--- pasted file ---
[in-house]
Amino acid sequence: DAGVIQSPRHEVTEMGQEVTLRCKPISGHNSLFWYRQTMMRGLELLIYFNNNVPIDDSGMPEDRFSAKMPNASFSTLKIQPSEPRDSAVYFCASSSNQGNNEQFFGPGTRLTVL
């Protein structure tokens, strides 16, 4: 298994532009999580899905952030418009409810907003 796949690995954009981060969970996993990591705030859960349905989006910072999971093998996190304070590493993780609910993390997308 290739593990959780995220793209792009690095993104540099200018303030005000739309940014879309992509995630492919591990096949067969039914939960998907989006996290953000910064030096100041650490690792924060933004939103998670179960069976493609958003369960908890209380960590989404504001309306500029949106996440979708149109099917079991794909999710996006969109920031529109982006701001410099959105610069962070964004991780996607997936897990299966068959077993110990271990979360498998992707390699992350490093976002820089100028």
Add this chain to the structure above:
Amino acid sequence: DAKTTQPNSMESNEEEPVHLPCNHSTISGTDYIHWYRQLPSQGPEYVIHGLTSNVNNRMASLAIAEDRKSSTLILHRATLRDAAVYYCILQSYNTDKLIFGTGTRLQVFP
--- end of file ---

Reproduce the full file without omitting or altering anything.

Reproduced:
[in-house]
Amino acid sequence: DAGVIQSPRHEVTEMGQEVTLRCKPISGHNSLFWYRQTMMRGLELLIYFNNNVPIDDSGMPEDRFSAKMPNASFSTLKIQPSEPRDSAVYFCASSSNQGNNEQFFGPGTRLTVL
């Protein structure tokens, strides 16, 4: 298994532009999580899905952030418009409810907003 796949690995954009981060969970996993990591705030859960349905989006910072999971093998996190304070590493993780609910993390997308 290739593990959780995220793209792009690095993104540099200018303030005000739309940014879309992509995630492919591990096949067969039914939960998907989006996290953000910064030096100041650490690792924060933004939103998670179960069976493609958003369960908890209380960590989404504001309306500029949106996440979708149109099917079991794909999710996006969109920031529109982006701001410099959105610069962070964004991780996607997936897990299966068959077993110990271990979360498998992707390699992350490093976002820089100028």
Add this chain to the structure above:
Amino acid sequence: DAKTTQPNSMESNEEEPVHLPCNHSTISGTDYIHWYRQLPSQGPEYVIHGLTSNVNNRMASLAIAEDRKSSTLILHRATLRDAAVYYCILQSYNTDKLIFGTGTRLQVFP